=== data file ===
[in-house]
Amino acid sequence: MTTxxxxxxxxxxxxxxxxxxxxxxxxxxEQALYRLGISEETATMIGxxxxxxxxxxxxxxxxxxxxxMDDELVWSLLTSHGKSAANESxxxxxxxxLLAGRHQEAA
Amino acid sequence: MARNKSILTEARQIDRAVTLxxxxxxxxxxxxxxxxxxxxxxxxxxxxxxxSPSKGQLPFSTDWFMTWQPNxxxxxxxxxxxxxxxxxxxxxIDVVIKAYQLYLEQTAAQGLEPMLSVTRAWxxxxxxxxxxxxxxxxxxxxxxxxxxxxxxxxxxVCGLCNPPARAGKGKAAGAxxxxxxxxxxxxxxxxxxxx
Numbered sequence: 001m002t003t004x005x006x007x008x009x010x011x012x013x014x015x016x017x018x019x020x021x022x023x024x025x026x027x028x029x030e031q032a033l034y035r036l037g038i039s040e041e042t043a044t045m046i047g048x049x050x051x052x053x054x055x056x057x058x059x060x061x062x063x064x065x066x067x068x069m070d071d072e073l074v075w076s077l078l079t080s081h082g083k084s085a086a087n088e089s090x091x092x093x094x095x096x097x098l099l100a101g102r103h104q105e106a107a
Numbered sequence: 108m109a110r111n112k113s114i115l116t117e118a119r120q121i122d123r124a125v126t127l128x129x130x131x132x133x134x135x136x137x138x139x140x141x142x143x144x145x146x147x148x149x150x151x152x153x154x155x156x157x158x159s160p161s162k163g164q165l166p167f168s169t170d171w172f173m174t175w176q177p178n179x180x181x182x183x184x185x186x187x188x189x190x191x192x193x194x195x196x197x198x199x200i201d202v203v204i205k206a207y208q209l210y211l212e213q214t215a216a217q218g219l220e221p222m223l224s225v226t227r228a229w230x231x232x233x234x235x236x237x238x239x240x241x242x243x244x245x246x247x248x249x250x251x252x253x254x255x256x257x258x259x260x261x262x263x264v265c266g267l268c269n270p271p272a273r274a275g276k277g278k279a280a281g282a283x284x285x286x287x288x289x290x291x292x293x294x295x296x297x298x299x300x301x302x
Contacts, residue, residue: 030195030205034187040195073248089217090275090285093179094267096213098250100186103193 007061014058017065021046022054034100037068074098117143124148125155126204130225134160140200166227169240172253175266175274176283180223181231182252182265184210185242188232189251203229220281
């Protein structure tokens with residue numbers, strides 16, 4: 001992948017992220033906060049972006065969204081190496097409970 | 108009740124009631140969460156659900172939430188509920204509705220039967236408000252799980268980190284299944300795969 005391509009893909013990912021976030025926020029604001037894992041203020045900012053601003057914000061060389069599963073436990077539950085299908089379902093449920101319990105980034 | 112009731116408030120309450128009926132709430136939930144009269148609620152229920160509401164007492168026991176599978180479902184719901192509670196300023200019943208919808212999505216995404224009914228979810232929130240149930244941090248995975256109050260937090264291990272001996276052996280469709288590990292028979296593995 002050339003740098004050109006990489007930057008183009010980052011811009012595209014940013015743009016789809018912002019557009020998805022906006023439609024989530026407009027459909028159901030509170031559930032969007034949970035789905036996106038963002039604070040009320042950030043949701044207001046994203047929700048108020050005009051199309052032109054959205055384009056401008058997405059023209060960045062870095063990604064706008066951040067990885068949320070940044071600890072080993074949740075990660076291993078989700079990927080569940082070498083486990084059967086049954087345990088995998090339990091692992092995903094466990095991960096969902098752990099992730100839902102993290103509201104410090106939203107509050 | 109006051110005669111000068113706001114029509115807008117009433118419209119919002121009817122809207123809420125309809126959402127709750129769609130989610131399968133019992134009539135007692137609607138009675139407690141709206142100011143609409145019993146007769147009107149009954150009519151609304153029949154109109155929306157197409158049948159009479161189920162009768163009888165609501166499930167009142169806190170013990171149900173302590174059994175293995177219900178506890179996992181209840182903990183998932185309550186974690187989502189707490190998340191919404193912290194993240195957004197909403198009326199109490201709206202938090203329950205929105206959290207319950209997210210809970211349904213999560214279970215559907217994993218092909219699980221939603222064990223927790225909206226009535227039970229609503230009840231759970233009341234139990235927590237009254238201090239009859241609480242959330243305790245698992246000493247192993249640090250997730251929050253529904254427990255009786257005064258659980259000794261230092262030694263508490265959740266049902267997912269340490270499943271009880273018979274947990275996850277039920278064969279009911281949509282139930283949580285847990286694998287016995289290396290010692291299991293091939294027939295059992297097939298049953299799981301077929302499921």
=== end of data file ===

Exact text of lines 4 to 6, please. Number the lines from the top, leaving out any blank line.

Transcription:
Numbered sequence: 001m002t003t004x005x006x007x008x009x010x011x012x013x014x015x016x017x018x019x020x021x022x023x024x025x026x027x028x029x030e031q032a033l034y035r036l037g038i039s040e041e042t043a044t045m046i047g048x049x050x051x052x053x054x055x056x057x058x059x060x061x062x063x064x065x066x067x068x069m070d071d072e073l074v075w076s077l078l079t080s081h082g083k084s085a086a087n088e089s090x091x092x093x094x095x096x097x098l099l100a101g102r103h104q105e106a107a
Numbered sequence: 108m109a110r111n112k113s114i115l116t117e118a119r120q121i122d123r124a125v126t127l128x129x130x131x132x133x134x135x136x137x138x139x140x141x142x143x144x145x146x147x148x149x150x151x152x153x154x155x156x157x158x159s160p161s162k163g164q165l166p167f168s169t170d171w172f173m174t175w176q177p178n179x180x181x182x183x184x185x186x187x188x189x190x191x192x193x194x195x196x197x198x199x200i201d202v203v204i205k206a207y208q209l210y211l212e213q214t215a216a217q218g219l220e221p222m223l224s225v226t227r228a229w230x231x232x233x234x235x236x237x238x239x240x241x242x243x244x245x246x247x248x249x250x251x252x253x254x255x256x257x258x259x260x261x262x263x264v265c266g267l268c269n270p271p272a273r274a275g276k277g278k279a280a281g282a283x284x285x286x287x288x289x290x291x292x293x294x295x296x297x298x299x300x301x302x
Contacts, residue, residue: 030195030205034187040195073248089217090275090285093179094267096213098250100186103193 007061014058017065021046022054034100037068074098117143124148125155126204130225134160140200166227169240172253175266175274176283180223181231182252182265184210185242188232189251203229220281